Safety Experts Urge Employers to Act Now Against Opioid Overdose to Save Lives

Prepare for overdose emergencies at work by stocking naloxone and providing proper training.

Workplace first aid kits should now contain naloxone to rapidly reverse an opioid overdose, says the International Safety Equipment Association (ISEA). ISEA publishes the ANSI/ISEA Z308.1-2021 standard — which provides minimum performance specifications for occupational first aid kits and the supplies they contain.

The U.S. Food and Drug Administration (FDA) approval of naloxone as an OTC drug gives workplaces access to a lifesaving tool to reduce the number of opioid overdose deaths. Workplaces can help prevent overdose deaths by stocking lifesaving medication on site and equipping employees with proper overdose response training to help save a life.

This guidance does not appear in the current ANSI/ISEA Z308.1 standard because it was revised before the FDA approved naloxone. While a new update to ANSI/ISEA Z308.1 is planned for 2025, ISEA urges workplaces to add naloxone to their first aid kits now rather than wait for new guidelines.

“We all have a role to play in addressing the opioid epidemic, including employers,” said Cam Mackey, president & CEO of ISEA. “Providing access to naloxone and appropriate training at work can protect workers and possibly save someone’s life. We encourage all employers to make this change to their first aid kits now.”

According to the U.S. Bureau of Labor Statistics, 525 people died from overdoses at work in 2022[1].

In a March 2024 statement, the White House challenged leaders to increase training and access to opioid overdose reversal medications, keeping the medications in first aid kits, and distributing the medications to employees and customers so they might save a life at home, work, or in their communities.[2]

The opioid epidemic has a significant impact on the labor market. An estimated 12.6% of the U.S. workforce receives an opioid prescription each year[3], and 75% of employers surveyed by the National Safety Council (NSC) report that they have been directly affected by opioids.[4] With opioid deaths surging, there’s no time to wait before adopting programs to reduce opioid tragedies in the workplace.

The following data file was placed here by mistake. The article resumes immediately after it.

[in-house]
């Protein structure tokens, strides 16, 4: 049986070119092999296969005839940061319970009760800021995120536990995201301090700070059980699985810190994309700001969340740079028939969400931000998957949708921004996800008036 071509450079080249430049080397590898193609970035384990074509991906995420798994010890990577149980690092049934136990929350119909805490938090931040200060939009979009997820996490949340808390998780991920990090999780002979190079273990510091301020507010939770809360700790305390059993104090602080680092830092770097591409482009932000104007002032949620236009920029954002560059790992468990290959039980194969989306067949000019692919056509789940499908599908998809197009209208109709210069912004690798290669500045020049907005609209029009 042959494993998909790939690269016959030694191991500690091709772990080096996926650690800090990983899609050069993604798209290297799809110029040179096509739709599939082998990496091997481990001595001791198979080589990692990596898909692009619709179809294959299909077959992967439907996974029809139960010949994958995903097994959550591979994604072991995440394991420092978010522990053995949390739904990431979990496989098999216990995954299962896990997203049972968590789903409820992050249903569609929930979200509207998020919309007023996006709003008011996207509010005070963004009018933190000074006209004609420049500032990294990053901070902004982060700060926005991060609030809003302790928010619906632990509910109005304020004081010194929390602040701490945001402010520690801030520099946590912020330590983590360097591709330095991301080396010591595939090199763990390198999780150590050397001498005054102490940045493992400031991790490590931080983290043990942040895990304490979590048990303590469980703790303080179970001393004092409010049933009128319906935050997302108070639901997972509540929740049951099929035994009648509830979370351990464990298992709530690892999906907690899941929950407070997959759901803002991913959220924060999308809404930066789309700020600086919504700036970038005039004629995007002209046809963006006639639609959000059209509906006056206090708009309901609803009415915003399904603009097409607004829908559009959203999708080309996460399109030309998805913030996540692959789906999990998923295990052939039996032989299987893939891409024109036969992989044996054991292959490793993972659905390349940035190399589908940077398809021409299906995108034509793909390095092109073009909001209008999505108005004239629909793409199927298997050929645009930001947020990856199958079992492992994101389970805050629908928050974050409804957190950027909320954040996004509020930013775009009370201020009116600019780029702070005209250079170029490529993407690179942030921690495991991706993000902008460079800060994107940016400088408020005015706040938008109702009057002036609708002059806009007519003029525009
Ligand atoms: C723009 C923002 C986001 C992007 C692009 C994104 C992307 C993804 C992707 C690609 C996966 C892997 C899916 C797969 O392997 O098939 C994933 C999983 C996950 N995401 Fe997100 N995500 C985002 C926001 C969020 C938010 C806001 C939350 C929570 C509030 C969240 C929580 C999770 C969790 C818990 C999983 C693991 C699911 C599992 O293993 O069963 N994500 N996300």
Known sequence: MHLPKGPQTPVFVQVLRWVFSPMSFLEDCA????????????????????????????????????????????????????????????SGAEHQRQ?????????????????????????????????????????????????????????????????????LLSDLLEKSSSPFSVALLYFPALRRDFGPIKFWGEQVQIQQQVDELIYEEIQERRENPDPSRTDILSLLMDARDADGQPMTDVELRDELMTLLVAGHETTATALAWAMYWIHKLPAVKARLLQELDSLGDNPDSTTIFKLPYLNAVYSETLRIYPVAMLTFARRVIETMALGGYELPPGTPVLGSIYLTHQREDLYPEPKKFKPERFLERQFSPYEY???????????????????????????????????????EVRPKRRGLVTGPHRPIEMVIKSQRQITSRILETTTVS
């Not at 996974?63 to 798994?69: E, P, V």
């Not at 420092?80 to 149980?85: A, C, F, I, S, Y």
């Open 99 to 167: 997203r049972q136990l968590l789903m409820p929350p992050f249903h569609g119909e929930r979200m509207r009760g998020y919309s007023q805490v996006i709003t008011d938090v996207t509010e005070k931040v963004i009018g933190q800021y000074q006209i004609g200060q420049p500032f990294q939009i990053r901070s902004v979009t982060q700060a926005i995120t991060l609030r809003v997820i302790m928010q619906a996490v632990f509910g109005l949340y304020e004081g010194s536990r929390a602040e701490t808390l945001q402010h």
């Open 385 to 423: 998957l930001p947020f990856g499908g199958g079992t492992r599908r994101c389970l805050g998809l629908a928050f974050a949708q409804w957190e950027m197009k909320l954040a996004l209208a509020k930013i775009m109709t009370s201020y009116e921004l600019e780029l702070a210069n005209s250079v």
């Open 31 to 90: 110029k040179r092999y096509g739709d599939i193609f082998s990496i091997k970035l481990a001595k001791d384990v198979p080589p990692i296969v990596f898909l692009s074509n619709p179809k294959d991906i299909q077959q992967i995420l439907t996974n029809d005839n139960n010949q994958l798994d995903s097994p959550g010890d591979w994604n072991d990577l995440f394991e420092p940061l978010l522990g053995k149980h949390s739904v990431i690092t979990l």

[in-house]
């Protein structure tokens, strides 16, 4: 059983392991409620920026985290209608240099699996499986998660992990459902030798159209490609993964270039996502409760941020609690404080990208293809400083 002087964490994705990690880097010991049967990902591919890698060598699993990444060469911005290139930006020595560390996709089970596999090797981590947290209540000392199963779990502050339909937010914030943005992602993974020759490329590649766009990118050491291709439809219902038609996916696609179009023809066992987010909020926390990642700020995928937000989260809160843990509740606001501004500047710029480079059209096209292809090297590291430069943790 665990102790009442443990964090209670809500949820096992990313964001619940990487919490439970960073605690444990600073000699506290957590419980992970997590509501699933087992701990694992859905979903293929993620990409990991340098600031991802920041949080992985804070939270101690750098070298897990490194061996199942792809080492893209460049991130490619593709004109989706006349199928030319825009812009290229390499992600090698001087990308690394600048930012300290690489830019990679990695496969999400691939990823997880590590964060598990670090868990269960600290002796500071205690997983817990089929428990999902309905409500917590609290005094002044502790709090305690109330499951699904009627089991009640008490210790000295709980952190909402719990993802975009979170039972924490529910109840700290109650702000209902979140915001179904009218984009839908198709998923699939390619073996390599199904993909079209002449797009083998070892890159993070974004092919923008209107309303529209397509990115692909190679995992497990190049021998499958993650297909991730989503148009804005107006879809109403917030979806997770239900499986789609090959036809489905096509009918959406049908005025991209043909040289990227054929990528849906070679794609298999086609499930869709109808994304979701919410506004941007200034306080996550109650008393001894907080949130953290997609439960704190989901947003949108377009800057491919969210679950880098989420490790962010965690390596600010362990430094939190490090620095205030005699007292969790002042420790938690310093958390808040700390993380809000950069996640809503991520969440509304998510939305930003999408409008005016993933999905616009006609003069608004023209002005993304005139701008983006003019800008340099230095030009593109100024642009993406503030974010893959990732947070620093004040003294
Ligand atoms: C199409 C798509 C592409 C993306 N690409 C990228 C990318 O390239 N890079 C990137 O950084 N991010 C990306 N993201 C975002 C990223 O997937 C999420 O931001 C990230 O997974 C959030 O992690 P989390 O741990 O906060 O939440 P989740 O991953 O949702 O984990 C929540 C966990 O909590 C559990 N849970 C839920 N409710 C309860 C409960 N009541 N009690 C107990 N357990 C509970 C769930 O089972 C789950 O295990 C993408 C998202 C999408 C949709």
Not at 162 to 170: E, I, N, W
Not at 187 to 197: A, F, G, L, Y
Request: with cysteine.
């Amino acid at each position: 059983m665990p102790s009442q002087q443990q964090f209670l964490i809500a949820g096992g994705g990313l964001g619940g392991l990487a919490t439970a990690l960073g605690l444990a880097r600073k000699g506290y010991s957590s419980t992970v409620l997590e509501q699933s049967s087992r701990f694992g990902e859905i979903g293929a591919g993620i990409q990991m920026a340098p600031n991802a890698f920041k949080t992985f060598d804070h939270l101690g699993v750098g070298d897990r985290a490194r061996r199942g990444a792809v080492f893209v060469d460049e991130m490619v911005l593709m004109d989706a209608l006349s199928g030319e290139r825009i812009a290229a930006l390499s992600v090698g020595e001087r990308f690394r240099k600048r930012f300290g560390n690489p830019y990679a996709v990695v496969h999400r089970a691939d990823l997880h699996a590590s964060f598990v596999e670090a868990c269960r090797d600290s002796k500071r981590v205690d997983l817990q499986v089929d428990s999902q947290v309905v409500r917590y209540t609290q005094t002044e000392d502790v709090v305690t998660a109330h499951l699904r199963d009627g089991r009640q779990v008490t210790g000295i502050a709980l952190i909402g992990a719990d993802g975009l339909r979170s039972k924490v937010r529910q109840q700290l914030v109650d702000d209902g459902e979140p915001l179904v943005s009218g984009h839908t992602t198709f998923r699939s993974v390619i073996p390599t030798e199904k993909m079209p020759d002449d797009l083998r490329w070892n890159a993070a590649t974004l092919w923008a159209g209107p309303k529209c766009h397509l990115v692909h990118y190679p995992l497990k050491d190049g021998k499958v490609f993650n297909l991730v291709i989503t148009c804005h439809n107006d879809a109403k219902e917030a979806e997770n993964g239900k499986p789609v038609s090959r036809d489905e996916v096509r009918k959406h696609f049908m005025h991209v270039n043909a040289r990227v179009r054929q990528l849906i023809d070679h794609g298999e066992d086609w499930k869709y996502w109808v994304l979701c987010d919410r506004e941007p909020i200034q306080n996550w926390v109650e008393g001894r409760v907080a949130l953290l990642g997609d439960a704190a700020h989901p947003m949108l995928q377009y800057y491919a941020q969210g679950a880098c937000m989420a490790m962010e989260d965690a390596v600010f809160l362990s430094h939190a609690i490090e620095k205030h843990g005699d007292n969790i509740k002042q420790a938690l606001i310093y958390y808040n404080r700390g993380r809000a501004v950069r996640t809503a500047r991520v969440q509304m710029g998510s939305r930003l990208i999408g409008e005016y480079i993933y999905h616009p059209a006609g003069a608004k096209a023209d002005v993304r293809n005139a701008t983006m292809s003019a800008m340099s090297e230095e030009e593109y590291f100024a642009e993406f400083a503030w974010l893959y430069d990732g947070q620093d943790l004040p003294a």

Some companies and communities are already combatting opioid overdoses by making naloxone available and committing to more training. For example, the Chicago Department of Aviation  added Narcan to 96 automated external defibrillator (AED) cabinets at O’Hare International Airport and 32 at Midway International Airport.[5] Also, state health officials in California have pushed to expand access to the medication, distributing millions of kits for free.[6]

In opioid overdose emergencies, bystanders are often the first to witness or be in the presence of the person experiencing an overdose.[7] Individuals should not be reluctant to come to the aid of others out of fear of potential litigation. According to NSC, 49 states and the District of Columbia have enacted laws that provide legal protection to individuals who administer naloxone in good faith to someone experiencing an opioid overdose[8].

Don’t wait to take action in the opioid epidemic response. Prepare now for overdose emergencies by stocking naloxone on site and equipping employees with proper overdose response training and resources. For more information about ISEA, visit  

About ISEA
The International Safety Equipment Association (ISEA) is the trade association for technologies that keep workers safe. Its member companies, united in the goal of protecting the health and safety of workers worldwide, are global leaders in the design, manufacture, testing, and distribution of personal protective and safety equipment, which protects more than 125 million workers across the U.S. Since 1933, ISEA has been a recognized leader in the development of ANSI-accredited safety equipment standards, in the United States and around the world. ISEA works with Congress and government agencies to consult with policymakers whose decisions affect the industry.

Nationwide, the safety equipment industry supports 345,001 total jobs and generates more than $71.6 billion in economic activity. In 2020, the safety equipment industry paid $5 billion in federal taxes and nearly $4 billion in state taxes, for a total tax generation of $9 billion. For more information, visit












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